The track offered us for reflection, taken from the sixth chapter of Matthew's Gospel, we understand in the context of the discourse gospel of Jesus on the mountain (Mt 5.1 to 7.12). This discussion includes:

- The Beatitudes (5:1-12);

- The six topics that compare or contrast the old with the new law given by Jesus (5.21 to 48). Certainly the purpose of such arguments is not to oppose the New Testament to the Old, but to go deeper, the root of the commandments that govern the external behavior. Jesus came not to abolish but to perfect the law (5.17 to 20);

- Jesus' teachings on the three acts of piety: prayer (including the Lord's Prayer), almsgiving and fasting (6.1 to 18). The literary form is similar to that used for the six antitheses;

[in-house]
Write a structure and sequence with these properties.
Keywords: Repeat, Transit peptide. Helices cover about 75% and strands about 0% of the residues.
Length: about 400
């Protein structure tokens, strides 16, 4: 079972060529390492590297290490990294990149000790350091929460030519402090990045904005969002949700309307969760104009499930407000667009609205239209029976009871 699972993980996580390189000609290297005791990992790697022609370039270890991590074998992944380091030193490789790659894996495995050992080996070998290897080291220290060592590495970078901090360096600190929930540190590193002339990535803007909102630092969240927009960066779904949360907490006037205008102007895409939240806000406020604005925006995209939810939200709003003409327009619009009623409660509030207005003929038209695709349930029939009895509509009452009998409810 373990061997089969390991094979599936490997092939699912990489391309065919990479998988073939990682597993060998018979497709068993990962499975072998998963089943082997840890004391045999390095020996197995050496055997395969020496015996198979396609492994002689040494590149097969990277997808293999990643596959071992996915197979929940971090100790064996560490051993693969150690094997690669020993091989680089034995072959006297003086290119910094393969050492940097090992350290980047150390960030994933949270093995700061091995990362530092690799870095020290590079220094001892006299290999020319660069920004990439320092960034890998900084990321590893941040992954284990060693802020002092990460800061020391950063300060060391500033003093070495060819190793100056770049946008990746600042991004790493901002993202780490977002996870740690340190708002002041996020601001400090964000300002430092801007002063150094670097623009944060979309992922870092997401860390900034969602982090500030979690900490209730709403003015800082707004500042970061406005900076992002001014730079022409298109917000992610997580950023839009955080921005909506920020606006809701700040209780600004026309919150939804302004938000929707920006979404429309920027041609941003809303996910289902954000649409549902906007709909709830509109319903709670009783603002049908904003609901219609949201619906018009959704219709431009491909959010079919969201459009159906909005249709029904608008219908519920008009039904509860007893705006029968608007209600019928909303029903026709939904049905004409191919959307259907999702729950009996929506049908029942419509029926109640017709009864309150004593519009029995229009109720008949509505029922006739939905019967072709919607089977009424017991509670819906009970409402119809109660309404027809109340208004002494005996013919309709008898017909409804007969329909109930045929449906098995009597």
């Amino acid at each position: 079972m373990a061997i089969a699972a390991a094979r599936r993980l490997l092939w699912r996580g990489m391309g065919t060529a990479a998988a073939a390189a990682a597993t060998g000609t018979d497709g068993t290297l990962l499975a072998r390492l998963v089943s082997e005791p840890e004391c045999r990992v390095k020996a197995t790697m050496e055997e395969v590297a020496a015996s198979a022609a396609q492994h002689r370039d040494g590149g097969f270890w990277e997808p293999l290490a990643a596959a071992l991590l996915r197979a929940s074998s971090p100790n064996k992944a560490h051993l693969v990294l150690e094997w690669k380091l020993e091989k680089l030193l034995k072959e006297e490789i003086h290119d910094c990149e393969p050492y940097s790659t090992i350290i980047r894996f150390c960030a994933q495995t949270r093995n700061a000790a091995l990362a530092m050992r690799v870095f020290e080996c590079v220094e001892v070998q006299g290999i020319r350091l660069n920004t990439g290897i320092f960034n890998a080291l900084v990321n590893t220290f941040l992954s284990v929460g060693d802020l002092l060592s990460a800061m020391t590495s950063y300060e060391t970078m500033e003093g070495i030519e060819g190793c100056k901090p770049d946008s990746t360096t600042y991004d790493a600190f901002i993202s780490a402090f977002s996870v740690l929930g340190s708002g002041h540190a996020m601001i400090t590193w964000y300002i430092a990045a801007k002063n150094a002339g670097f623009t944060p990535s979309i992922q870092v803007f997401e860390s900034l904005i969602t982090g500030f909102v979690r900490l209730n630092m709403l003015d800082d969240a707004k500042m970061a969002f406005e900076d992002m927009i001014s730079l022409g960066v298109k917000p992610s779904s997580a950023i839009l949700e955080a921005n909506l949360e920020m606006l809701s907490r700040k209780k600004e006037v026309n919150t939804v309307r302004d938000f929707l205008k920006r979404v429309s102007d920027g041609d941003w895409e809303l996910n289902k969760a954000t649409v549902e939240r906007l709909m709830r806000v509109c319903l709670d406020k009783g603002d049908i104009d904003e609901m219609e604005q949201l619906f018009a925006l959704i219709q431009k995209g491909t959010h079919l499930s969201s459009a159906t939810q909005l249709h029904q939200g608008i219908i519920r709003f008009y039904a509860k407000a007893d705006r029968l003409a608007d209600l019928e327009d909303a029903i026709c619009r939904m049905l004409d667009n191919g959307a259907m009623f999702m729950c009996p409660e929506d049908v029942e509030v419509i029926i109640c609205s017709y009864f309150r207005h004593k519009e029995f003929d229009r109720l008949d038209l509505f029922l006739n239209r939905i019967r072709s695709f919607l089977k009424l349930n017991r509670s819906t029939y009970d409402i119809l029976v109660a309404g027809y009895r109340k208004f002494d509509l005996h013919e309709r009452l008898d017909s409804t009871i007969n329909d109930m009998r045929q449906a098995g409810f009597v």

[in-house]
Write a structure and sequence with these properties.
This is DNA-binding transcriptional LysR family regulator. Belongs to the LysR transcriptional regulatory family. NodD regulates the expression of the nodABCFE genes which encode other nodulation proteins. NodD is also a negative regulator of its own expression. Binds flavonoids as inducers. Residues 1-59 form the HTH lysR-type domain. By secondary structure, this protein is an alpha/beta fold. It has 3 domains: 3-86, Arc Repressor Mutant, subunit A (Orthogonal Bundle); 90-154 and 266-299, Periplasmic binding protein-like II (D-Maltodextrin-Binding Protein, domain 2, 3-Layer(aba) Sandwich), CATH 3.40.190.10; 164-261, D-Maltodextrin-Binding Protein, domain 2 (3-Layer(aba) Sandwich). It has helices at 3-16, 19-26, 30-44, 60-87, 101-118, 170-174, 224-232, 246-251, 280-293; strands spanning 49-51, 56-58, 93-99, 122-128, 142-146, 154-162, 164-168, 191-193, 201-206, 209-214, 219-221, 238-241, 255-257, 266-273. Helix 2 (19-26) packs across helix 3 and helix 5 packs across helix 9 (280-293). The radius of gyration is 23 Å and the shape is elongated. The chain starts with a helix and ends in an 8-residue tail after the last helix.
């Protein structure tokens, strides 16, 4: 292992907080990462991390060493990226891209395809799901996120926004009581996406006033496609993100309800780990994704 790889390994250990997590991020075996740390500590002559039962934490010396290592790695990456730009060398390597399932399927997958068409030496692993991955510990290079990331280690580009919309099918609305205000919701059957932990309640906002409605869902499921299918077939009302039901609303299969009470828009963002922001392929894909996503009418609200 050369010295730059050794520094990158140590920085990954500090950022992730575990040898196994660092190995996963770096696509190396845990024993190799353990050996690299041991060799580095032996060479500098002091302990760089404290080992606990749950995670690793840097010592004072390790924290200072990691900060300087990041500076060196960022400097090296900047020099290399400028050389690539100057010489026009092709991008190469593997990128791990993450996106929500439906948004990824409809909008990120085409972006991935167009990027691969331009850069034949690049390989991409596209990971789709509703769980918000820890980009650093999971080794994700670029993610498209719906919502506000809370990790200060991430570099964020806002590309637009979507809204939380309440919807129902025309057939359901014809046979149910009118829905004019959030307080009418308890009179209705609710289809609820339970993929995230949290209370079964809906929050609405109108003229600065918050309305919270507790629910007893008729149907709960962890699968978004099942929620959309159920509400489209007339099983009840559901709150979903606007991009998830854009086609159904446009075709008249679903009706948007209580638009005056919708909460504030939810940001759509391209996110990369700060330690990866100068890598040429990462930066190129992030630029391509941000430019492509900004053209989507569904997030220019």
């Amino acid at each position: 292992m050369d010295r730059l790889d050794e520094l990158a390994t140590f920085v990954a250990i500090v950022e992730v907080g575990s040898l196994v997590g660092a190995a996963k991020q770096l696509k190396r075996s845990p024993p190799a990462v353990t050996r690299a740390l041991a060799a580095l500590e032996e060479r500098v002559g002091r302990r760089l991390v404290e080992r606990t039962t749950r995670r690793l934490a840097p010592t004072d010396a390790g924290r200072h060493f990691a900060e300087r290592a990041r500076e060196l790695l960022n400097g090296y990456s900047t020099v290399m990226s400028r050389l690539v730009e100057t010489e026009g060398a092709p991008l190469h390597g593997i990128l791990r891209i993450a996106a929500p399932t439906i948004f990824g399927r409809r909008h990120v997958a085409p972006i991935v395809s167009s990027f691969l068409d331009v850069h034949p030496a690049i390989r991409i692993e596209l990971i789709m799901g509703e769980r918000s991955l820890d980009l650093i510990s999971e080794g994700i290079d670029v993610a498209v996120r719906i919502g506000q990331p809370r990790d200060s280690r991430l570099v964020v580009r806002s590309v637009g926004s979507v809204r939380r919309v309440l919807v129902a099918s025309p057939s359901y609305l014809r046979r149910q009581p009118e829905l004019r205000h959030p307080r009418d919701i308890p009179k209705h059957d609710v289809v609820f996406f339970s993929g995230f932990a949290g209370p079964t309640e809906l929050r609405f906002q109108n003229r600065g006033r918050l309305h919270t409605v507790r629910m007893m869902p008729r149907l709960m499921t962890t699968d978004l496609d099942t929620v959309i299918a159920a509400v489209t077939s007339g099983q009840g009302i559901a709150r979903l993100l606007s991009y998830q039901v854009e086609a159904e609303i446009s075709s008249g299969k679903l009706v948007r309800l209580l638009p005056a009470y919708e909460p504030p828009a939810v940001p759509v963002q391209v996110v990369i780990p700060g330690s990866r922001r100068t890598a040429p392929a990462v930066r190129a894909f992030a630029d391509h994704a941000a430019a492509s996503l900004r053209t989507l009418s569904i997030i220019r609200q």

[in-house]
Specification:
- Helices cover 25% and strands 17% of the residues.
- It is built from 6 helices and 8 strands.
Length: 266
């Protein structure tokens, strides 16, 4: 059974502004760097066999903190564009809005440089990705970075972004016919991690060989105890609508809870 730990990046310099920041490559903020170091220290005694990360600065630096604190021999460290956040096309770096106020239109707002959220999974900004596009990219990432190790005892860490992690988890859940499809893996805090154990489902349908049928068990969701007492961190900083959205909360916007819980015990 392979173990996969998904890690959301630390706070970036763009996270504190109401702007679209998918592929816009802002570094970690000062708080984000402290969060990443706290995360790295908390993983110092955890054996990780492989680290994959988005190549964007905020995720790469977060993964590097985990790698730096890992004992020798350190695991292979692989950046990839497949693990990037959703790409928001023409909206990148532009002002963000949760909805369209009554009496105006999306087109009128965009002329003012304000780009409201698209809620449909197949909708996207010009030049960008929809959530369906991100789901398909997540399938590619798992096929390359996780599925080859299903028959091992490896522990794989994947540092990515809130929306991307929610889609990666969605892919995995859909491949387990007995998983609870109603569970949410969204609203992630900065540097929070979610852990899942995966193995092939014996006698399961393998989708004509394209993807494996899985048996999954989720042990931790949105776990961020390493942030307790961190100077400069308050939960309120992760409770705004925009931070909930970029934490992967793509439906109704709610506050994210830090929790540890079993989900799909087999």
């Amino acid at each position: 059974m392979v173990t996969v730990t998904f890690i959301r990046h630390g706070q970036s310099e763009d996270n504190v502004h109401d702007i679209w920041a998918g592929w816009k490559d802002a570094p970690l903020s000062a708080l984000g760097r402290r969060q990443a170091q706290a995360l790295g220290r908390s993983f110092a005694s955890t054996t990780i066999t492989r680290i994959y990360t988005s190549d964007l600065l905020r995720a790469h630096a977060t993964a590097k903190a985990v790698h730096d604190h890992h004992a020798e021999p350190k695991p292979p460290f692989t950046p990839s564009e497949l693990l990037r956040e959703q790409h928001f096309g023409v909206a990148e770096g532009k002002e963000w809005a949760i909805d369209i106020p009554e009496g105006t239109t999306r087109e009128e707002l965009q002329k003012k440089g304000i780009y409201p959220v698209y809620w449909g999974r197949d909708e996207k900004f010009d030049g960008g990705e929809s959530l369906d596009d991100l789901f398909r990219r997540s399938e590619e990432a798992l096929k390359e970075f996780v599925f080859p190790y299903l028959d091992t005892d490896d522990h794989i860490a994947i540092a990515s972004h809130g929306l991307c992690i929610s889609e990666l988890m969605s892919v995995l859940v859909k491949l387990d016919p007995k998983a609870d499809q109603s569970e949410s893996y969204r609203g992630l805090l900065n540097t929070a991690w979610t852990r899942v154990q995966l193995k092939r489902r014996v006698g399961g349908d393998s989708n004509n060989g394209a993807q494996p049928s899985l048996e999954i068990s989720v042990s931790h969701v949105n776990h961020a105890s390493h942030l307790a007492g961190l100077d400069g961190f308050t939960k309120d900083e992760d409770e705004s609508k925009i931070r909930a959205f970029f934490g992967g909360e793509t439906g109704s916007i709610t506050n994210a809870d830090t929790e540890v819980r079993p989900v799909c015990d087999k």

- The grouping of other courses without a special structure (6.19 to 7.12).

Our text begins with verse 24, which reiterates the issue of accession to the total life plan proposed by the teachings of the Master. Joining this project is to love one master, God, and devote himself to him. "No one can serve two masters: for either he will hate the one and love the other or one and despise the other." These poles of hate / love, affection / contempt Deuteronomy reminds us that seeks to regulate cases of polygamy, where it can happen that one has "two wives, one beloved and another hated" (cf. Dt 21.15 -17). The Genesis is the first book of Samuel we relate the two cases of Jacob, Rachel and Leah on the one hand and Elkanah, and Anne Peninnah the other (Gen 29.30-31, 1 Sam 1.2-8). St. Paul also speaks of an undivided heart in the service of the Lord (1 Cor 7.7 to 34). The Lord does not kill those who submit themselves! He is Father and is well aware of our needs. Already in the Lord's Prayer, Jesus invites us to ask the Father to provide us our daily bread (6.11).